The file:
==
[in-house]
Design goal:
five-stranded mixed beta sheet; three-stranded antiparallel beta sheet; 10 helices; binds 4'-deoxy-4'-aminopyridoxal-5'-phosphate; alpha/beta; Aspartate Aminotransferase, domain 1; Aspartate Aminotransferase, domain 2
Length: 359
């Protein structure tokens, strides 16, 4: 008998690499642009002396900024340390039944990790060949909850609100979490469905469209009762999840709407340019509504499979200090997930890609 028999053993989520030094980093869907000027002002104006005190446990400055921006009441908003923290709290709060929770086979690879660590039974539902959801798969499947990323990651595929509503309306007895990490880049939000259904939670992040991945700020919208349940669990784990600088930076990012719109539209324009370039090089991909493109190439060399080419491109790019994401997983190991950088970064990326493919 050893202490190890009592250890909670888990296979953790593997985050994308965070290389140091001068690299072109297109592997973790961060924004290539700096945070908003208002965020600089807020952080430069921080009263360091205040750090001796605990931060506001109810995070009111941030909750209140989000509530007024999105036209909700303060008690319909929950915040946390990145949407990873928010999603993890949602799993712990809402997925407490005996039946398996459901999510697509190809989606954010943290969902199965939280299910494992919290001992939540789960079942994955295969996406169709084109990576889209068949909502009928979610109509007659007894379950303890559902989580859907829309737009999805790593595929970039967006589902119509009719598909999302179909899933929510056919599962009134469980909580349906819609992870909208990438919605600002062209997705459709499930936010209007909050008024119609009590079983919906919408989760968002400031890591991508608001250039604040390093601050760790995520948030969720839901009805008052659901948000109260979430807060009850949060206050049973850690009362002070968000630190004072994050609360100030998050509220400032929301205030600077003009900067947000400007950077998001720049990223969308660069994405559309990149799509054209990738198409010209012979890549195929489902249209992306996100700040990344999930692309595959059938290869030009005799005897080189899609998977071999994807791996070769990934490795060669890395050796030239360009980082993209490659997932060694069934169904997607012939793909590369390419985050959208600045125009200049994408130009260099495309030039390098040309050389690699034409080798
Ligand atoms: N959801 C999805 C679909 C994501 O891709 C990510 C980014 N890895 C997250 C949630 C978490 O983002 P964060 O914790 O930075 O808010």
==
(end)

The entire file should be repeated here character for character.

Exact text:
[in-house]
Design goal:
five-stranded mixed beta sheet; three-stranded antiparallel beta sheet; 10 helices; binds 4'-deoxy-4'-aminopyridoxal-5'-phosphate; alpha/beta; Aspartate Aminotransferase, domain 1; Aspartate Aminotransferase, domain 2
Length: 359
């Protein structure tokens, strides 16, 4: 008998690499642009002396900024340390039944990790060949909850609100979490469905469209009762999840709407340019509504499979200090997930890609 028999053993989520030094980093869907000027002002104006005190446990400055921006009441908003923290709290709060929770086979690879660590039974539902959801798969499947990323990651595929509503309306007895990490880049939000259904939670992040991945700020919208349940669990784990600088930076990012719109539209324009370039090089991909493109190439060399080419491109790019994401997983190991950088970064990326493919 050893202490190890009592250890909670888990296979953790593997985050994308965070290389140091001068690299072109297109592997973790961060924004290539700096945070908003208002965020600089807020952080430069921080009263360091205040750090001796605990931060506001109810995070009111941030909750209140989000509530007024999105036209909700303060008690319909929950915040946390990145949407990873928010999603993890949602799993712990809402997925407490005996039946398996459901999510697509190809989606954010943290969902199965939280299910494992919290001992939540789960079942994955295969996406169709084109990576889209068949909502009928979610109509007659007894379950303890559902989580859907829309737009999805790593595929970039967006589902119509009719598909999302179909899933929510056919599962009134469980909580349906819609992870909208990438919605600002062209997705459709499930936010209007909050008024119609009590079983919906919408989760968002400031890591991508608001250039604040390093601050760790995520948030969720839901009805008052659901948000109260979430807060009850949060206050049973850690009362002070968000630190004072994050609360100030998050509220400032929301205030600077003009900067947000400007950077998001720049990223969308660069994405559309990149799509054209990738198409010209012979890549195929489902249209992306996100700040990344999930692309595959059938290869030009005799005897080189899609998977071999994807791996070769990934490795060669890395050796030239360009980082993209490659997932060694069934169904997607012939793909590369390419985050959208600045125009200049994408130009260099495309030039390098040309050389690699034409080798
Ligand atoms: N959801 C999805 C679909 C994501 O891709 C990510 C980014 N890895 C997250 C949630 C978490 O983002 P964060 O914790 O930075 O808010």